National Apprenticeship Week
National Apprenticeship Week 2019 takes place 4 to 8 March 2019. This week is organised by the National Apprenticeship Service to acknowledge and celebrate apprenticeships and highlight the outstanding impact apprenticeships offer individuals and businesses.
Safeguarding Learners In The Workplace
In the academic year 2016-2017 there were 491,300 apprenticeship starts, nearly a quarter of whom were under 19. In this same year 97% of apprentices found that their ability to fulfil their role had improved, and 92% found that they experienced improved career prospects due to their apprenticeship. These outstanding outcomes are a result of the hard work put in by mentors tasked with providing training, support and opportunities to these learners.
As mentioned above, a large number of these apprentices are 18 and under. While they may be venturing into their first “adult job” they are still young people, not yet adults. This means that any organisation educating young people under the age of 18 have statutory responsibilities under current legislation. In England, ‘Keeping Children Safe in Education’ and ‘Working Together to Safeguarding Children’ provide comprehensive guidance on all aspects of safeguarding and child protection and in Wales statutory guidance is provided in the form of ‘Keeping Learners Safe’. Apprentices need to be safeguarded against the same range of risks and dangers as their peers in schools and colleges. Due to their relative inexperience in the workplace apprentices may be particularly vulnerable to anxiety or struggle to cope with the transition. Systems can help staff recognise this and offer suitable support to those who need it. Organisations offering any kind of apprenticeship or traineeship to young people need to put processes in place to protect their learners.
Best Practise With CITB
To find out what organisations can do to keep their learners safe, we looked at the Construction Industry Training Board (CITB) and their safeguarding policies. CITB work alongside employers, encouraging training, and helping to build construction workforces that are safe, professional and fully qualified. They have an apprenticeship program (recently rated Outstanding by Ofsted) and to date over half a million apprentices have completed training with CITB. Because of this contact with young people CITB have put in place robust safeguarding policies to protect all those who work with and alongside them. You can find the full policy here.
Some Highlights Of CITB’s Safeguarding Policy Include:
- Safe recruitment, selection and vetting procedures for appropriate staff
- Listening to and respecting learners, and taking action when required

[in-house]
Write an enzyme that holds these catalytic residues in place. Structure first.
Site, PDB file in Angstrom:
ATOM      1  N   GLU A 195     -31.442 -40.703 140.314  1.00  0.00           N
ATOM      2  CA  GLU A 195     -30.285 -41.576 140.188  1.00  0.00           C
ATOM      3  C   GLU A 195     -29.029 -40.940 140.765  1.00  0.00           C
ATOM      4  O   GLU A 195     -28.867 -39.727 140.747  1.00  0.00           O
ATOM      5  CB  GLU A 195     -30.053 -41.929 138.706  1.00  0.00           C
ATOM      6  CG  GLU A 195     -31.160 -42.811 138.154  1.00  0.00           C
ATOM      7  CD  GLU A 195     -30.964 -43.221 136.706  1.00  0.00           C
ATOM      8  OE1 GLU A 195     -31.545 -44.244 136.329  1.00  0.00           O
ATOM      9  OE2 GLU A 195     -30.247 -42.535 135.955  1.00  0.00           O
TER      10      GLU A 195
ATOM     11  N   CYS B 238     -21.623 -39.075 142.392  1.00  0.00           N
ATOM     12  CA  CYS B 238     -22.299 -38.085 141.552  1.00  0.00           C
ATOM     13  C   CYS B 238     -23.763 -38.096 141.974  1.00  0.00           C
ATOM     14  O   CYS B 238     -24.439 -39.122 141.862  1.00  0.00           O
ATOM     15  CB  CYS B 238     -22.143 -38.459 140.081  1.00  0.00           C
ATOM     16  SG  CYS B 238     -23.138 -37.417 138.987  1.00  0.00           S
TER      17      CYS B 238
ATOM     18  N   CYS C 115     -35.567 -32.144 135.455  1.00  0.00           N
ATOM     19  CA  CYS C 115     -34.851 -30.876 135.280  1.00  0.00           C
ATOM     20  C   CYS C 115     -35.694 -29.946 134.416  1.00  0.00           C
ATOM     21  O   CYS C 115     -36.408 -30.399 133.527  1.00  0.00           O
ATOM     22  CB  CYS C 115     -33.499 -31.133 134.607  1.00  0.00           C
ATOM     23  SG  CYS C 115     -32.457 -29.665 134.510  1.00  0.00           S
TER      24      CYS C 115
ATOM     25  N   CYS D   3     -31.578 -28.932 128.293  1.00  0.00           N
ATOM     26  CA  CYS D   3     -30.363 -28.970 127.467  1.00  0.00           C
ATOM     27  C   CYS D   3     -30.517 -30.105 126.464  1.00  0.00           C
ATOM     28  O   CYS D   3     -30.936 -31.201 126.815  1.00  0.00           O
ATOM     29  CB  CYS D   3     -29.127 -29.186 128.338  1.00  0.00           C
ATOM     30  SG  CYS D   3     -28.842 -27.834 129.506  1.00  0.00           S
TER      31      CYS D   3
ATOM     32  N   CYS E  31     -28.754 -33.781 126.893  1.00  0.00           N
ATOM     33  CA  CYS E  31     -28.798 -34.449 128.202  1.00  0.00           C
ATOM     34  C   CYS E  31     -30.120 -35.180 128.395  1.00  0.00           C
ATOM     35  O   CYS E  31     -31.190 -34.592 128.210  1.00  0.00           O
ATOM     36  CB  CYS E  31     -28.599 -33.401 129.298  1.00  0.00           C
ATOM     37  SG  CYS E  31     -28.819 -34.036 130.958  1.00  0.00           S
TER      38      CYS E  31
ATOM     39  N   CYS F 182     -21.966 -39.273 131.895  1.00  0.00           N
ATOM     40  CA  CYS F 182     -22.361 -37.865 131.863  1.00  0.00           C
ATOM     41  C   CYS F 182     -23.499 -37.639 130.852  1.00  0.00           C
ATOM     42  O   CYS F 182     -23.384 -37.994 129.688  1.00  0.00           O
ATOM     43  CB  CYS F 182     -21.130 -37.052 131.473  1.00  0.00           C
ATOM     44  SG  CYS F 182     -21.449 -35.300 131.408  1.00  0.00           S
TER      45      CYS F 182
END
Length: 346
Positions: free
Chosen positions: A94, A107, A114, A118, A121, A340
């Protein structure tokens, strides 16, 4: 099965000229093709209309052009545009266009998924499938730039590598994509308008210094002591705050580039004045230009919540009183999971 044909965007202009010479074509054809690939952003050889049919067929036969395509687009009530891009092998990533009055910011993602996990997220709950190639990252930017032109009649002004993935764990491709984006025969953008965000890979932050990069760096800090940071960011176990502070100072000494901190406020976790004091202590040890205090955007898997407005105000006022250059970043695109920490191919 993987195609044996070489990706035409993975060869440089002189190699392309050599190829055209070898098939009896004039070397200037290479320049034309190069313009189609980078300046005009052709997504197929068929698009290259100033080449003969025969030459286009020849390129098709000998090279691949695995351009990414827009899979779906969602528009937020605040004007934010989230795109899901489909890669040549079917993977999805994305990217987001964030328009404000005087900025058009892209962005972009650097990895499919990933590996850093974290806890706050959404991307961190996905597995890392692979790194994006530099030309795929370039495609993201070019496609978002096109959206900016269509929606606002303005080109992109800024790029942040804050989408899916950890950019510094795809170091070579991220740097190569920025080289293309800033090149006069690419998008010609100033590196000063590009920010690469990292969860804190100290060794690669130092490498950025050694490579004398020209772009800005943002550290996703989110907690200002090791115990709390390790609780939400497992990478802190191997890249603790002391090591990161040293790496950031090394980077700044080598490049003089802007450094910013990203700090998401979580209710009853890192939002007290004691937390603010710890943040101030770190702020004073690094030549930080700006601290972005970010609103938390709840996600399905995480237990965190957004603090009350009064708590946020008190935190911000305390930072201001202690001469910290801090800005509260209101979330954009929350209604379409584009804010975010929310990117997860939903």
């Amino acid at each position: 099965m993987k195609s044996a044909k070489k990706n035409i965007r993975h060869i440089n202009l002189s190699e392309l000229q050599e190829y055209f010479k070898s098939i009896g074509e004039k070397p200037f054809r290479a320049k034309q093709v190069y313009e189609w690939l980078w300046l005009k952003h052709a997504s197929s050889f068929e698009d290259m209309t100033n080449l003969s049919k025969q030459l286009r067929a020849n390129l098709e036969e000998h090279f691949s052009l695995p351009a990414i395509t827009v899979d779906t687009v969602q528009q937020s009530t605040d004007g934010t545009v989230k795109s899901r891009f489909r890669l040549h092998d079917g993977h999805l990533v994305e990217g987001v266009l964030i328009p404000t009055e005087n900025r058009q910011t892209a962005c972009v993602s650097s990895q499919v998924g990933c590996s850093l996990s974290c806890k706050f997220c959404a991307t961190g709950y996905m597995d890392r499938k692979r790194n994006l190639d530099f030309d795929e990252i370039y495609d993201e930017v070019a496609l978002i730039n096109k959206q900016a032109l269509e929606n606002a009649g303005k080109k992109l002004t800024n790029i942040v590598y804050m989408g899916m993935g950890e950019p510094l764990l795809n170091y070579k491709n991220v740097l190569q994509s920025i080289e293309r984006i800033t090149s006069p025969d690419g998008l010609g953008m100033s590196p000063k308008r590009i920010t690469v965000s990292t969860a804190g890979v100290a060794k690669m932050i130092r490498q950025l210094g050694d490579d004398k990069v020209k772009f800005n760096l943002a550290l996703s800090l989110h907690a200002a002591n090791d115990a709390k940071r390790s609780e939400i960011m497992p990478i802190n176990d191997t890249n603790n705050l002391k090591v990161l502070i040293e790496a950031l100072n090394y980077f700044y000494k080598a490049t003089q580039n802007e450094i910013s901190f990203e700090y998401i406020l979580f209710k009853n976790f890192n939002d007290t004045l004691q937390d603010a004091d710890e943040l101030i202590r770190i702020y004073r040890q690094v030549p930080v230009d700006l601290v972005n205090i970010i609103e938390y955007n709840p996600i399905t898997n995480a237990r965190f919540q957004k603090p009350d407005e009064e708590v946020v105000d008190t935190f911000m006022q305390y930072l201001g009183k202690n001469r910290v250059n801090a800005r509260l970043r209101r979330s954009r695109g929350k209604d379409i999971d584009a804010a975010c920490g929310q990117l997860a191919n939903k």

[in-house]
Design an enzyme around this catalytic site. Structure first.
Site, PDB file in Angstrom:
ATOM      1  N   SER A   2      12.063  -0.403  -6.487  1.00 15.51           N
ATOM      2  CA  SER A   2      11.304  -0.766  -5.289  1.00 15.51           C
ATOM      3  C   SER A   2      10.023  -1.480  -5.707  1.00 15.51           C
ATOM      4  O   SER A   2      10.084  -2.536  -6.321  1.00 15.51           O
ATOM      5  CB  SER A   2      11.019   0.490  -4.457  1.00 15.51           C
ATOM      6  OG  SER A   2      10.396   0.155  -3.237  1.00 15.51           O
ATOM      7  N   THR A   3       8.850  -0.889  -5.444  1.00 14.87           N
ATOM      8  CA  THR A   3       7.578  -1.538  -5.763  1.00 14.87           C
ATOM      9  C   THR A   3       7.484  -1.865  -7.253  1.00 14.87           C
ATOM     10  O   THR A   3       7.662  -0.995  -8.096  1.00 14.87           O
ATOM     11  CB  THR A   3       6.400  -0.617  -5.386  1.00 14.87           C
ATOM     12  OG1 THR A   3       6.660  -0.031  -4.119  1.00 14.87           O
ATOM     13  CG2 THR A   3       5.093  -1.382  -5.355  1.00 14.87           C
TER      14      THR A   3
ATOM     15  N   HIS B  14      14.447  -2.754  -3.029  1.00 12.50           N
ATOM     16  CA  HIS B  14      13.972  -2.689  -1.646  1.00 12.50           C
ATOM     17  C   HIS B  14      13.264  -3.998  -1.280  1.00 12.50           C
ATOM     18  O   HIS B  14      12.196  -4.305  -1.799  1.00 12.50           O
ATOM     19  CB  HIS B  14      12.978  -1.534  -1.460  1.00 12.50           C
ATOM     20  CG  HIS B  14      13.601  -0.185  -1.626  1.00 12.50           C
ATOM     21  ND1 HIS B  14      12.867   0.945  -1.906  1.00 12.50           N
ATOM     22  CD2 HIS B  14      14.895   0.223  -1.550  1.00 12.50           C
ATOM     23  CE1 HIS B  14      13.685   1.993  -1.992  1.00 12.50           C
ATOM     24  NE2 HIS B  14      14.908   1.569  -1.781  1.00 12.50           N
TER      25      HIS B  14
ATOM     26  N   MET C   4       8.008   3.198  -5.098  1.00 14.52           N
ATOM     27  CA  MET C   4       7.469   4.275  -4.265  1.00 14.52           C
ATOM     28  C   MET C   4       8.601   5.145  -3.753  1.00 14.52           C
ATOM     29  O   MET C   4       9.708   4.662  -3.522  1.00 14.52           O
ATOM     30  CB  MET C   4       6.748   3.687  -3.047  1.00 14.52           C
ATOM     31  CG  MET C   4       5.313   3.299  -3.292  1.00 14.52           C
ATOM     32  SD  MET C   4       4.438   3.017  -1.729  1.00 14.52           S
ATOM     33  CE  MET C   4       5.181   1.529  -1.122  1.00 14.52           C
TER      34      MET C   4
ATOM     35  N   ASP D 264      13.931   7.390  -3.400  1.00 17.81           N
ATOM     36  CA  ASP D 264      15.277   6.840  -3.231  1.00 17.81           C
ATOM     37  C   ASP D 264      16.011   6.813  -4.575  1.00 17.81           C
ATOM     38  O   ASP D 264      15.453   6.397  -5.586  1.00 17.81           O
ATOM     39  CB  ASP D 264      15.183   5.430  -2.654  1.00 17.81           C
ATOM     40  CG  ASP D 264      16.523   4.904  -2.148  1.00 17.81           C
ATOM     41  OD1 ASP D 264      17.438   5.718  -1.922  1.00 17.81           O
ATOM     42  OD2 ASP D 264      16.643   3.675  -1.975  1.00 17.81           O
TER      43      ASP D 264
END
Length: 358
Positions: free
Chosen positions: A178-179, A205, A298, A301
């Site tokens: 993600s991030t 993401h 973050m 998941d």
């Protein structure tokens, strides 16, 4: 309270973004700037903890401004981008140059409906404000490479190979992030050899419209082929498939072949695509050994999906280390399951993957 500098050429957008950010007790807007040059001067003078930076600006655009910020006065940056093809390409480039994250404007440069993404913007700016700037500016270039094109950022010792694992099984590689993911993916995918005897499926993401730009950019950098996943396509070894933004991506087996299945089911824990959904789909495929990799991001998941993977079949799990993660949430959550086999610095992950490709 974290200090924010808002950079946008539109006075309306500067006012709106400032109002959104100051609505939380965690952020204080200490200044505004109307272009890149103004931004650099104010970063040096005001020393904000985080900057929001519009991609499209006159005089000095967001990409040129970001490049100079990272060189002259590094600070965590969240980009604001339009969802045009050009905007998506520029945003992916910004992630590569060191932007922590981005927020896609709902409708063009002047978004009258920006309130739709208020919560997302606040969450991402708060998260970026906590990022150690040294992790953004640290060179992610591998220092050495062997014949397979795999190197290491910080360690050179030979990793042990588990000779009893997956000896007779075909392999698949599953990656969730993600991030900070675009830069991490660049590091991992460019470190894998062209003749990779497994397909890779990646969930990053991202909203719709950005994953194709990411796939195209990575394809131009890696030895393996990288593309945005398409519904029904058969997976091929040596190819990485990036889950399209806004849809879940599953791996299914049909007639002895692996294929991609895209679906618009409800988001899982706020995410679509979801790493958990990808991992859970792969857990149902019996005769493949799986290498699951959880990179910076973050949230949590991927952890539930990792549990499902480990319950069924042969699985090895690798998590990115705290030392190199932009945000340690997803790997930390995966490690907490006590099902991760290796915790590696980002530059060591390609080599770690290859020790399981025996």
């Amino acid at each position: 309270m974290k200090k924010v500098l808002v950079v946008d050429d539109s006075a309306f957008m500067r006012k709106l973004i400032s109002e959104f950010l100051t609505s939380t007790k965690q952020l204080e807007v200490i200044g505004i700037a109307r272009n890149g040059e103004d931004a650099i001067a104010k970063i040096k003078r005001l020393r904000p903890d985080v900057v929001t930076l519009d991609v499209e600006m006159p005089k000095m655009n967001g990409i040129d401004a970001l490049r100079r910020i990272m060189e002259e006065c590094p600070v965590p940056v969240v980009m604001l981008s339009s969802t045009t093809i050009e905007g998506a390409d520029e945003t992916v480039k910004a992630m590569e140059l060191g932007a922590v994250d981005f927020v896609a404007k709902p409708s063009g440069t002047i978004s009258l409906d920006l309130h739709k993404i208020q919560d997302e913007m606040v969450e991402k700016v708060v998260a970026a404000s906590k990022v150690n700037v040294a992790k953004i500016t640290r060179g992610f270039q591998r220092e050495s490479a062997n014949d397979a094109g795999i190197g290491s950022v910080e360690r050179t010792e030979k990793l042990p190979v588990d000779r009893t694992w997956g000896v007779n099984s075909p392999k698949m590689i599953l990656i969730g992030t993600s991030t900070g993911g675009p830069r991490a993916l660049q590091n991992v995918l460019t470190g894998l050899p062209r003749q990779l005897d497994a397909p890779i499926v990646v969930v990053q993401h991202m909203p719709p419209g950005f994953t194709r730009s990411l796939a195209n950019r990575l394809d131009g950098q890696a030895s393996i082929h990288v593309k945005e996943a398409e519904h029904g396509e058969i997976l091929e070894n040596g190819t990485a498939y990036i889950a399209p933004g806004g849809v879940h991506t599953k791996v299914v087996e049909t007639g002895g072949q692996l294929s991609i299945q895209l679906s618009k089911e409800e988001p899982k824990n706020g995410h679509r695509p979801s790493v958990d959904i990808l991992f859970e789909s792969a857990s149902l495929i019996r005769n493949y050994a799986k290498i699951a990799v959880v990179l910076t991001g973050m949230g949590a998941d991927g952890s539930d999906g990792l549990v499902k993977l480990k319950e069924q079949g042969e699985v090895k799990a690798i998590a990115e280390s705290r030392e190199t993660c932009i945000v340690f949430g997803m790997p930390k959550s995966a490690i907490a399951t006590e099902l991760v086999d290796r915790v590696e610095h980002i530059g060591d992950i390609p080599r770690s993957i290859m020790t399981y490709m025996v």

- Protection from radicalisation
- Risk assessments and safety suitability checks for all employers and training providers
- Work in partnership with learners and with other agencies in promoting a safe learning environment
- Promotion of British Values including democracy, equality, the rule of law, individual liberty, mutual respect and tolerance of those with different faiths and beliefs
- Recruiting staff safely to incorporate best practice guidance for safeguarding to be included in the recruitment and selection process
- Sharing information about concerns with designated agencies and involving learners and their parents/carers appropriately
- Apprenticeship Officers to offer guidance and counselling
Other Organisations Leading The Way With Safeguarding Apprentices
So much more is now known about safeguarding and the devastating effects that can occur when it is not tackled seriously. Because of this there are more and more organisations seeking to improve the way they handle the safety and wellbeing of their staff and learners.
A stellar example of this comes from the Jaguar Land Rover apprenticeship programme. The programme is committed to providing their learners with a safe learning environment where they can feel fully supported by staff around them.
To ensure this:
- All staff receive regular Safeguarding and Prevent training
- Specific Safeguarding and Prevent Officers are appointed who are equipped with a wealth of resources to offer those in need of support
- DBS checks, Safeguarding and Prevent training is required from all key training and resourcing partners (including the hotels used for accommodation)
- All learners are issued with a Welfare Card containing key welfare contact information
- Concerns discussed with parents/carers before involving other trusted agencies unless doing so will bring harm to the learner
Manchester Metropolitan University is also putting in place some thorough safeguarding policies to protect their apprentices. They have produced a PDF leaflet “Safeguarding: Keeping Apprentices Safe” which details their own approach to safeguarding as well as the duties that employers have towards the protection of young learners. This offers a whistle-stop tour of the different categories of abuse and other safeguarding concerns such as Prevent and British Values. It also highlights warning signs that staff can look out for as well as the designated contacts staff can reach out to, making sure that all staff and employers are well equipped to support learners and keep them safe from harm. You can find this here.
What Can You Do To Support Young Learners?
To find out how you could improve safeguarding for the young learners working with your organisation contact us to arrange a free no-obligation demonstration of our award-winning safeguarding software MyConcern.
Some Helpful Links
- Safeguarding Children and Young People 2014
- Statement of Government Policy on Adult Safeguarding 2013
- National Apprenticeship Week 2019
Written by Sam Franklin